Q What is psychotherapy?
A Psychotherapy (or "therapy") can take many forms in terms of frequency and approach. In general, it’s a once-a-week, 45-minute meeting during which issues affecting your life are explored, unpacked, and solutions pursued.
Q When should a person seek help?
A Anxiety, depression, relationship issues, loneliness, frustration, or fear that interferes with the quality of one's life are all good reasons to consider therapy.
Q Why psychotherapy?
A Psychotherapy can be very helpful in facilitating a variety of personal changes that will contribute to a more satisfying life. This typically means understanding and changing behavior that doesn't seem to be working for you - improving your relationships, conquering fears/anxiety and reducing depression. It can also mean developing the positive aspects of life that are so valuable - love, creativity, joy, playfulness, intimacy, sensuality and compassion.
Q Do my problems require professional help?
A Unfortunately, many people have associated the use of therapy with having 'serious problems'. As a result, many individuals don't explore the possibility of therapy, believing their problems aren't serious enough to warrant professional help. The opposite is often true - those with less severe issues often benefit the most from therapy due to their ability to make more rapid changes.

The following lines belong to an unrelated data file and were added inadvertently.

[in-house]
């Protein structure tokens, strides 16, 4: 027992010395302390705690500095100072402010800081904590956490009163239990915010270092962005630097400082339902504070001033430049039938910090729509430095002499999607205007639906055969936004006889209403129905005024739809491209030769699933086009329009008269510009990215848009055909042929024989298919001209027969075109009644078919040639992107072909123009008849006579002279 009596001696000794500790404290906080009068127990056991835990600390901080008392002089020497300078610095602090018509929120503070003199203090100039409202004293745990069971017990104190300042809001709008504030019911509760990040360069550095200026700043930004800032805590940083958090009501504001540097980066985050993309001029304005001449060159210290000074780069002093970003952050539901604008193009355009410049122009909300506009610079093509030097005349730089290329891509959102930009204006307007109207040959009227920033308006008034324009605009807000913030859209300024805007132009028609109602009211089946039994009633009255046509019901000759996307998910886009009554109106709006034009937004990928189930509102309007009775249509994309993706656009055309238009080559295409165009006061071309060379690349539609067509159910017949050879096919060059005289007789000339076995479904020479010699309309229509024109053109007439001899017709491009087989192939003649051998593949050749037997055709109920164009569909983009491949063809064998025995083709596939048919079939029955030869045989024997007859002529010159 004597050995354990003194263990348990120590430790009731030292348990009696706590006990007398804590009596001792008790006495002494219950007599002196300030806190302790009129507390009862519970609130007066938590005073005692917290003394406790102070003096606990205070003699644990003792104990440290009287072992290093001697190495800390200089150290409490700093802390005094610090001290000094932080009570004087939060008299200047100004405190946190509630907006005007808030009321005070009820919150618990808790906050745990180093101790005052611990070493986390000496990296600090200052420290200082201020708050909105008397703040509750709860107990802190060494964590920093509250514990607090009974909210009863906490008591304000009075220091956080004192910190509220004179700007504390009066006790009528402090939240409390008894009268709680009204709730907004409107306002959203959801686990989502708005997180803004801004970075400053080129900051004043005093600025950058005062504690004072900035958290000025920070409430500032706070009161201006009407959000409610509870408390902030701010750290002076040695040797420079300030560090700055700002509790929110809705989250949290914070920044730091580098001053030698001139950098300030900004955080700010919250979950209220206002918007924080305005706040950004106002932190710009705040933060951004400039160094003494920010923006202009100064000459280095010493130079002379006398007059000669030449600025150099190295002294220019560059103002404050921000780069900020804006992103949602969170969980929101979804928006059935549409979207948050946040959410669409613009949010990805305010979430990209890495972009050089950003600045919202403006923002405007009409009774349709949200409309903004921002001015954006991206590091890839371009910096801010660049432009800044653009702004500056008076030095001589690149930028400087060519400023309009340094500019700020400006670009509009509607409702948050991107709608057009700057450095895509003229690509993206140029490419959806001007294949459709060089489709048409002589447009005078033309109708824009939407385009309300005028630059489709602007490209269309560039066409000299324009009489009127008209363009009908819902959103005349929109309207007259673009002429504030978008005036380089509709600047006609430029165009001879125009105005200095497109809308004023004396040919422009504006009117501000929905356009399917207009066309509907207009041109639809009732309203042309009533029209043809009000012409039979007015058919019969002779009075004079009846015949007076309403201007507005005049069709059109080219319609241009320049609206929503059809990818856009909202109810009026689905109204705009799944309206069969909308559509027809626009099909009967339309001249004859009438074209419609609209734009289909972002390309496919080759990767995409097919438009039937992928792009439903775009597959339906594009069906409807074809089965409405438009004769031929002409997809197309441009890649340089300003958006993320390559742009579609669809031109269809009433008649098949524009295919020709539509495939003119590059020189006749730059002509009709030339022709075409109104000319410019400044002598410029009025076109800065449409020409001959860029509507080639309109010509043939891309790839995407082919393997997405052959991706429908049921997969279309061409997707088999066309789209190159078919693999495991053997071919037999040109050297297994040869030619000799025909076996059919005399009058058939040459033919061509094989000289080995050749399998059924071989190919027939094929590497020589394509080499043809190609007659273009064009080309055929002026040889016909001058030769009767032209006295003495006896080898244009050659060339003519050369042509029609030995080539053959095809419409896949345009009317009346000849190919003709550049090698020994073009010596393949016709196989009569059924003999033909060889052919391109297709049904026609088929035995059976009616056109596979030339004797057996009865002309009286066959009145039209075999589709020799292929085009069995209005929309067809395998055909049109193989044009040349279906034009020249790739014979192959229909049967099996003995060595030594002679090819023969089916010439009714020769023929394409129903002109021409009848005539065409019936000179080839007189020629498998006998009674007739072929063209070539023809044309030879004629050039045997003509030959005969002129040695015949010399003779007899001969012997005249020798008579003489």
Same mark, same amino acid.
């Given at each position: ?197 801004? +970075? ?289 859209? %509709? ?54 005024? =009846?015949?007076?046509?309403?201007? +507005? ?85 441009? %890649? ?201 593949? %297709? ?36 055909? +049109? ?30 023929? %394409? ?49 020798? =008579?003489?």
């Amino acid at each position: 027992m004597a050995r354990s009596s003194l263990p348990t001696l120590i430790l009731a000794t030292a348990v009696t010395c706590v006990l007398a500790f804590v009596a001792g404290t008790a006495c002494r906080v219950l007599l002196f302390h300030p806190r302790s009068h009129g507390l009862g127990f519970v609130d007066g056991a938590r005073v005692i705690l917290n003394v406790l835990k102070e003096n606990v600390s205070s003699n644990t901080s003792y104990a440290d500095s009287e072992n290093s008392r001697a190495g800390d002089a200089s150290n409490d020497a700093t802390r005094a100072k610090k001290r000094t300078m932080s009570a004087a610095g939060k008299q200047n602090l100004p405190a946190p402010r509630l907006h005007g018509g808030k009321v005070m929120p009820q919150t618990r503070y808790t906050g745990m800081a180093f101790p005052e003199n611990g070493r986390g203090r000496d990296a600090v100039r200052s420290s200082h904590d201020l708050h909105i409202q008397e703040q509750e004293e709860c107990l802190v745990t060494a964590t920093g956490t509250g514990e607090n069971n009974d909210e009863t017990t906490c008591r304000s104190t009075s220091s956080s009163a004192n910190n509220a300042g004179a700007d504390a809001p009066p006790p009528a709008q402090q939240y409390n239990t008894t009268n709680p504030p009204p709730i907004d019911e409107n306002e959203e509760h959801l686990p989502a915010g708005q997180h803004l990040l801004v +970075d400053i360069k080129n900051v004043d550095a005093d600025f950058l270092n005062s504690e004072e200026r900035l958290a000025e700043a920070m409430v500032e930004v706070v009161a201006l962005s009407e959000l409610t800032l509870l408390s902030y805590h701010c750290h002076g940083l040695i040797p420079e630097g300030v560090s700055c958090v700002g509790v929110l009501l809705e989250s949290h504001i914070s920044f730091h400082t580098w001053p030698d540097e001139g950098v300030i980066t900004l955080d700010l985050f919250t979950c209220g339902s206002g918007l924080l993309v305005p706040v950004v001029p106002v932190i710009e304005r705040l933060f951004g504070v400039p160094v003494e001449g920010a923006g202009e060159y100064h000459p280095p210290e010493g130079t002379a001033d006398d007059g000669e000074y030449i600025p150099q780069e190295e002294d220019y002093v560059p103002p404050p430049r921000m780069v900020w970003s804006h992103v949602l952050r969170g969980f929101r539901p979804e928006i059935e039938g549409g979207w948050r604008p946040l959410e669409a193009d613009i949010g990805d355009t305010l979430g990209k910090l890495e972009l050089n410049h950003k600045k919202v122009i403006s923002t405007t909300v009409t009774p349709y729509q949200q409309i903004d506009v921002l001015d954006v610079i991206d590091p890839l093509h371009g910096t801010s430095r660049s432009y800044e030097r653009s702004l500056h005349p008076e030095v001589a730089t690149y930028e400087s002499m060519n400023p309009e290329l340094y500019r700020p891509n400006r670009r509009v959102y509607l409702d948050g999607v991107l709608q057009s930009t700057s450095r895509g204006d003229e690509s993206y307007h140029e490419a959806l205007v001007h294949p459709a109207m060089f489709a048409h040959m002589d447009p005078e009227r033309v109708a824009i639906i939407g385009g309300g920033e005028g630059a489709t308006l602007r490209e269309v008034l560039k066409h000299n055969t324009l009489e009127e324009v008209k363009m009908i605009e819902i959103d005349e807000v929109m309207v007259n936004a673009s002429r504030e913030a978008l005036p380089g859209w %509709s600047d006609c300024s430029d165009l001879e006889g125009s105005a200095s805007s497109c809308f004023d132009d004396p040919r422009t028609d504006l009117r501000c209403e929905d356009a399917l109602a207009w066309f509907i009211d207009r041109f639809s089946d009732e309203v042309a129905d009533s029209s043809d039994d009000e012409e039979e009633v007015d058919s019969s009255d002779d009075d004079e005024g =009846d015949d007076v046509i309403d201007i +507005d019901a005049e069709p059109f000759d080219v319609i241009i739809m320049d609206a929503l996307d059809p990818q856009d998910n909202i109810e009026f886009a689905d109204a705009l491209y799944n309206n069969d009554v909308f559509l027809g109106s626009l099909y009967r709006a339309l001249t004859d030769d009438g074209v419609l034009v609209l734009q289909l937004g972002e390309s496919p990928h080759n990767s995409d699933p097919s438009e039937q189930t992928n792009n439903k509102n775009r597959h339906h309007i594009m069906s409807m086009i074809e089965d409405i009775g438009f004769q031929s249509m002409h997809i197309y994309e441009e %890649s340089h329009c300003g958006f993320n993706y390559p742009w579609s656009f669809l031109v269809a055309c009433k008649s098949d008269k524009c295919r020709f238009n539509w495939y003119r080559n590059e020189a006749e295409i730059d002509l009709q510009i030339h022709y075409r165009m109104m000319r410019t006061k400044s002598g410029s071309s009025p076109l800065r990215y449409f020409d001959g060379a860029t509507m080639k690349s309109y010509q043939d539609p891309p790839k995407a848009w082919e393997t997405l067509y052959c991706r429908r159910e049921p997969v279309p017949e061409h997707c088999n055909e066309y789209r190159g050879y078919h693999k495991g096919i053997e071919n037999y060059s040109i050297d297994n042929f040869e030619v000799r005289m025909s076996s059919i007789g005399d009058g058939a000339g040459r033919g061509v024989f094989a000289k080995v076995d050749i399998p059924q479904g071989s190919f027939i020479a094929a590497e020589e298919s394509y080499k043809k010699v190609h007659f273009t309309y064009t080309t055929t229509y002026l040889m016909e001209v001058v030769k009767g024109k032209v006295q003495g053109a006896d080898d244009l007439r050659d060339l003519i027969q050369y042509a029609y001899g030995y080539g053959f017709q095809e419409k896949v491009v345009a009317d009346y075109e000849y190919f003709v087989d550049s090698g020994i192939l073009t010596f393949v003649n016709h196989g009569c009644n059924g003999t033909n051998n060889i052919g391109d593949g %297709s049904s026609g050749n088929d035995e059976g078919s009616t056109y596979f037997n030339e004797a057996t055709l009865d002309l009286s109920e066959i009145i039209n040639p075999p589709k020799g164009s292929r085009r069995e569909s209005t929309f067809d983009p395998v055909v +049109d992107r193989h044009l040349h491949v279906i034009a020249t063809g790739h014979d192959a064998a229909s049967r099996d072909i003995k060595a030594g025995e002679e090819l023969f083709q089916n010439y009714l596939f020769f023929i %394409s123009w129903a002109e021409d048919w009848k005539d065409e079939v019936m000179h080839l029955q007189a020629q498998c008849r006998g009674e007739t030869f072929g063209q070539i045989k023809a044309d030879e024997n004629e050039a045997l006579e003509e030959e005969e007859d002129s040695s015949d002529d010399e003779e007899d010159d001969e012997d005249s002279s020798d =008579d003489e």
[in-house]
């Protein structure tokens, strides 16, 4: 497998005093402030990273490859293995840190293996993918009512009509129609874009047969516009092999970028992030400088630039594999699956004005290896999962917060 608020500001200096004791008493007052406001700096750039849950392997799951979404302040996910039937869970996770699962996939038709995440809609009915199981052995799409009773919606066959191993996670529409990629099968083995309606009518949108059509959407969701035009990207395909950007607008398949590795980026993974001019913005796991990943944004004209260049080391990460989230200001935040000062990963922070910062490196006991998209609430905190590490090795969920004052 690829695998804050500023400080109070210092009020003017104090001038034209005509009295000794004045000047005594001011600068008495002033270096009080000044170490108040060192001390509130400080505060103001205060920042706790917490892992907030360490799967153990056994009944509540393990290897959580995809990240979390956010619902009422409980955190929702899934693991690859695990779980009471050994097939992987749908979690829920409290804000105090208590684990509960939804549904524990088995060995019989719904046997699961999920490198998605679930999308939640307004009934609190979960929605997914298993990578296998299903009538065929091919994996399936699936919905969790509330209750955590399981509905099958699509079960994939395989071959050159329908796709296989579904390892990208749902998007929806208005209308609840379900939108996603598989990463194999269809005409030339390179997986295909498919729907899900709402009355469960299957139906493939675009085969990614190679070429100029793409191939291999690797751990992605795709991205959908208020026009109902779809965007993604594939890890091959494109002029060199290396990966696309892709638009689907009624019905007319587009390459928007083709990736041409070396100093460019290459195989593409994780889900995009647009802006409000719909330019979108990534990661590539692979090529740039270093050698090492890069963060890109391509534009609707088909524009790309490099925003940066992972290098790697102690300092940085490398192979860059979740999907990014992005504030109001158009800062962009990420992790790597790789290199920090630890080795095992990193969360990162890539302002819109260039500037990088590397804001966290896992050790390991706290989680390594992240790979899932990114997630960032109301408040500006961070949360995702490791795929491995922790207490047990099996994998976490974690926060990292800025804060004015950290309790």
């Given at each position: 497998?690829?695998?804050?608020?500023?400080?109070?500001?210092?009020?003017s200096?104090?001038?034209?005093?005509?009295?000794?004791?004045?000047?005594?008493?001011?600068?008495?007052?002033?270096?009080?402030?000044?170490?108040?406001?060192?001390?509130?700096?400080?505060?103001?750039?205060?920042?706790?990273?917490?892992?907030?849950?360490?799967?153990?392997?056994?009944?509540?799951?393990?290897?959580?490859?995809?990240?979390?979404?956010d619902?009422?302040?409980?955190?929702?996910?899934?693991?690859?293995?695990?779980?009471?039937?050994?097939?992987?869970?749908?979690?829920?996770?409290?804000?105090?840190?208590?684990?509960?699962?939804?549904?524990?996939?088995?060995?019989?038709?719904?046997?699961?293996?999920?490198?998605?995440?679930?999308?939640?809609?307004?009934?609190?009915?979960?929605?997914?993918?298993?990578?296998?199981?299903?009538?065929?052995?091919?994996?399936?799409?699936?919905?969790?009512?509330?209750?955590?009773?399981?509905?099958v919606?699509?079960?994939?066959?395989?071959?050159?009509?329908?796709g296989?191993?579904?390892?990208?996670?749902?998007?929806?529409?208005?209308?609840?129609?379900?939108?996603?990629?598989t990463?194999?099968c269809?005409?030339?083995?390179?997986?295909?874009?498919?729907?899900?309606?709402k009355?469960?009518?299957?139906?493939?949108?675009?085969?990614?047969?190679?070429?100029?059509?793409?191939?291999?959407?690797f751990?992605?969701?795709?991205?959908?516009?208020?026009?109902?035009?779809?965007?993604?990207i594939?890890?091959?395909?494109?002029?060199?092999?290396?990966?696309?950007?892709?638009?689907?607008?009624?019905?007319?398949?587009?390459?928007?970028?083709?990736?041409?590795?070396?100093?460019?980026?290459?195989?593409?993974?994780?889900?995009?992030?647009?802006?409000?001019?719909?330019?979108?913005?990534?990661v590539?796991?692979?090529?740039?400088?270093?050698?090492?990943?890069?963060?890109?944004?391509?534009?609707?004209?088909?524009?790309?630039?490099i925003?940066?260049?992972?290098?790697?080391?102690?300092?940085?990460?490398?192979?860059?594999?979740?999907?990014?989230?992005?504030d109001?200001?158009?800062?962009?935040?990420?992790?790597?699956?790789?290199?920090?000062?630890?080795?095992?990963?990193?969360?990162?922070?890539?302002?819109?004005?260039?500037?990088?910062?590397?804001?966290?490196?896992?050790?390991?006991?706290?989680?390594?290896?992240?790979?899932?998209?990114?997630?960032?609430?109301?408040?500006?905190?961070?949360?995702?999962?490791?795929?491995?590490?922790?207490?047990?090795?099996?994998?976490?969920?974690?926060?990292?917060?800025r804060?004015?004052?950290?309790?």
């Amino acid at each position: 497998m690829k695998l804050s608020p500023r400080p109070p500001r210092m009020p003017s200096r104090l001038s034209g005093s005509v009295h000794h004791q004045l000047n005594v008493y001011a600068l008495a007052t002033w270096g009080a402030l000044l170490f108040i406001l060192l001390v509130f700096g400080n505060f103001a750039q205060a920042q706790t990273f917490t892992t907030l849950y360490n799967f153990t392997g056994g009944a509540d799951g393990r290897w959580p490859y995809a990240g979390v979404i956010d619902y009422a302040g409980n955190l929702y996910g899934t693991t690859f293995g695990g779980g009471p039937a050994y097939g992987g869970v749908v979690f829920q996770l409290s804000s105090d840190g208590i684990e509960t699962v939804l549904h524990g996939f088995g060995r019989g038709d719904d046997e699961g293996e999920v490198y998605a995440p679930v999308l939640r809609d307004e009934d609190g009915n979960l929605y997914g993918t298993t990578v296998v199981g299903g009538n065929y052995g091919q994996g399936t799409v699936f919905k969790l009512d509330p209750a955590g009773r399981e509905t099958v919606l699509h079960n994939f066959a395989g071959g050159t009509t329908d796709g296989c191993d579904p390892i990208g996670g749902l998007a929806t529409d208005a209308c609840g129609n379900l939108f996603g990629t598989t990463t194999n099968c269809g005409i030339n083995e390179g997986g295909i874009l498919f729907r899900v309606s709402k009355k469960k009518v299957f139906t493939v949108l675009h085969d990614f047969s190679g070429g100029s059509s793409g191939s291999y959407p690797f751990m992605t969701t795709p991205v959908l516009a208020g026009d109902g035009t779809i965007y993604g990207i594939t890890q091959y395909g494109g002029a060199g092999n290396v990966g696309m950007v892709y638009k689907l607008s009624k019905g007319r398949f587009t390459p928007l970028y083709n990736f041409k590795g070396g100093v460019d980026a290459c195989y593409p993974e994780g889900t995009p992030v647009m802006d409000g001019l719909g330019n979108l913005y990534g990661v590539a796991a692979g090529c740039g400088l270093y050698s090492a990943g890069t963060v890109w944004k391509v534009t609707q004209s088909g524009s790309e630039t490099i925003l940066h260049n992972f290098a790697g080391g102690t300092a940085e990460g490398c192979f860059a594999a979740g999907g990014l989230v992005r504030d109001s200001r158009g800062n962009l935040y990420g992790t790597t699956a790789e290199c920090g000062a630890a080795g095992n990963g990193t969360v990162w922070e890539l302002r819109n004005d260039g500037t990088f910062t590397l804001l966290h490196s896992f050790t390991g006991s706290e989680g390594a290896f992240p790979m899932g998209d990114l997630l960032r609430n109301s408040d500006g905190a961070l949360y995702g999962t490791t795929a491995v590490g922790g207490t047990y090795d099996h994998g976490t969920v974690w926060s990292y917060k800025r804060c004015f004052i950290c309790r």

Q How long does therapy take?
A Length of treatment can vary from a few sessions to much longer depending on the individual and the issues being addressed. It's something that can be discussed in the first session.
Q What are the differences between a psychologist, psychiatrist, and a psychotherapist?
A A psychologist has a doctoral degree in psychology and typically specializes in therapy. A psychiatrist has a medical degree and works primarily with medication. The term psychotherapist is a general one and is often used by social workers and other non-doctoral therapists.
Q What can I expect in the first session?
A The first session lasts about one hour. We will discuss the issues that seem to be bothering you and explore if therapy can be helpful. If so, we will discuss how therapy might look, scheduling, and cost.
Q What can I expect to achieve from therapy?
A In addition to reducing or eliminating the "symptoms" that brought you to therapy, most people report a variety of changes that lead to a much more satisfying life - greater understanding of self and others; improved relationships with friends, family, and romantic partners; and many other positive shifts.
Q Do you take insurance?
A I'm considered an out-of-network provider with all insurance companies. With that said, if you have out-of-network benefits, therapy should be affordable. I try and keep enough flexibility in my fee to make it work.